If you haven’t yet embraced this stirring PBS offering, there’s one more TV season to go . . . and it’s hugely worth your time to binge-watch all previous seasons and catch up. It’s easily the finest thing on television: telling weekly stories of midwives in the 1950s, serving pregnant moms in London’s poorest neighborhoods. There’s humor and pathos and wonderfully dramatic tales; the delivery scenes are astonishingly graphic. Trust me; you will often dab at your eyes.
The source books by Jennifer Worth are equally good. She writes in the first person about her experience as a secular and cynical young nurse drafted to work at Nonnatus House with the nuns. She arrives to the story as an agnostic, and admits to often rolling her eyes at the piety of the sisters. But let me share just a few paragraphs close to the book’s end. As a Christian, I am deeply touched by this.
“I had never met nuns before,” she confesses, “and regarded them at first as a bit of a joke; later, with astonishment bordering on incredulity. Finally this was replaced by respect, and then love. What had impelled Sister Monica Joan to abandon a privileged life for one of hardship, working in the slums of London’s Docklands? ‘Was it love of people?’ I asked her.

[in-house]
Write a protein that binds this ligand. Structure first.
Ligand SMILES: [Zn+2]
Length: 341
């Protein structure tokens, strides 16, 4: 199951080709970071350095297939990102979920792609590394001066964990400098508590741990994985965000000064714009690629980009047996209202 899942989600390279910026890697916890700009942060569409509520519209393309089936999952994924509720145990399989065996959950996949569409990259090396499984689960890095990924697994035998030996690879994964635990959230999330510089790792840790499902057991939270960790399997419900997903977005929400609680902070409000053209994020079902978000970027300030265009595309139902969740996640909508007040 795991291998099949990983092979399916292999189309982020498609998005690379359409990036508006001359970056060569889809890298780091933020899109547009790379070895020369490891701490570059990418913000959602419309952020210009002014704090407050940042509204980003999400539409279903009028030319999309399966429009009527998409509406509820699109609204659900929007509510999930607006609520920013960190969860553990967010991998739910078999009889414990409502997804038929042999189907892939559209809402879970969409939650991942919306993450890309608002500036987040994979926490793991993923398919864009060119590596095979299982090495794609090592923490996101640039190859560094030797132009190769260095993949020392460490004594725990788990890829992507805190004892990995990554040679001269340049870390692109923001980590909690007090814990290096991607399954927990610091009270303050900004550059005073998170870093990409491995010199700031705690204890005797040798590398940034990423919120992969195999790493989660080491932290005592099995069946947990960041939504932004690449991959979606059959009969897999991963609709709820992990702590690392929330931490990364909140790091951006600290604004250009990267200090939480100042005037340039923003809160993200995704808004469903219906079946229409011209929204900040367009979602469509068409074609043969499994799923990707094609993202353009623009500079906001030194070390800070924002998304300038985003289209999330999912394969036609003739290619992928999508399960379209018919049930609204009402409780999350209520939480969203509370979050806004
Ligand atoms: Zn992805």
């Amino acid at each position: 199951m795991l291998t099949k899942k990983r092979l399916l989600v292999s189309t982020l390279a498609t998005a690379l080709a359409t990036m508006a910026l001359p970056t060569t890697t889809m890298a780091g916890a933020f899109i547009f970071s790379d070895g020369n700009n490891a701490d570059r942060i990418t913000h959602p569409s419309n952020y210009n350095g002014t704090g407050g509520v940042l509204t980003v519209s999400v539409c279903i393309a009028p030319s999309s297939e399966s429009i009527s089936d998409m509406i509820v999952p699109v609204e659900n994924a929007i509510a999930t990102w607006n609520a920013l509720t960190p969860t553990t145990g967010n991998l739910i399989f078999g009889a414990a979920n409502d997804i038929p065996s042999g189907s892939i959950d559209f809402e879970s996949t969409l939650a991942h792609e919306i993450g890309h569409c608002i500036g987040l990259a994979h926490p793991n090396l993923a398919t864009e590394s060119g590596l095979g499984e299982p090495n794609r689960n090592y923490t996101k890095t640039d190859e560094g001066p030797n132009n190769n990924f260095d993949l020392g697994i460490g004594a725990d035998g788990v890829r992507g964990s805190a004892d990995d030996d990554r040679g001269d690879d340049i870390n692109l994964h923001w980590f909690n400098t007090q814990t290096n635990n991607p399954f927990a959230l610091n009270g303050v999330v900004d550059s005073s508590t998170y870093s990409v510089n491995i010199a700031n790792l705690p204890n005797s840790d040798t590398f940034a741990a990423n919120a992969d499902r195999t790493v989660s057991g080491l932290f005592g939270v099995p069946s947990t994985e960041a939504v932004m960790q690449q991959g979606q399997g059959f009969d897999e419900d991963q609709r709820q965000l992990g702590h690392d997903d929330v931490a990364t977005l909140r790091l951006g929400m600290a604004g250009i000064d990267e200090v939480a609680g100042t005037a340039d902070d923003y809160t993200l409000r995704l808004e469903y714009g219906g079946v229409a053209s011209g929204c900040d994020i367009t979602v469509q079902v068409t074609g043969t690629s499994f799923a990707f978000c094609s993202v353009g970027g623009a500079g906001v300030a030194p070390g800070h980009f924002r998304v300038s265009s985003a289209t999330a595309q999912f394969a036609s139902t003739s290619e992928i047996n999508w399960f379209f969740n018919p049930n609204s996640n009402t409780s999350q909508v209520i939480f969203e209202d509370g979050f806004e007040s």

“‘Of course not,’ she snapped sharply. (That’s her character, a brittle eccentric.) ‘How can you love ignorant, brutish people whom you don’t even know? Can anyone love filth and squalor? Or lice and rats? Who can love aching weariness, and carry on working in spite of it? One cannot love these things. One can only love God, and through His grace come to love His people.’”
The closing line of the book: “That evening I started to read the Gospels.”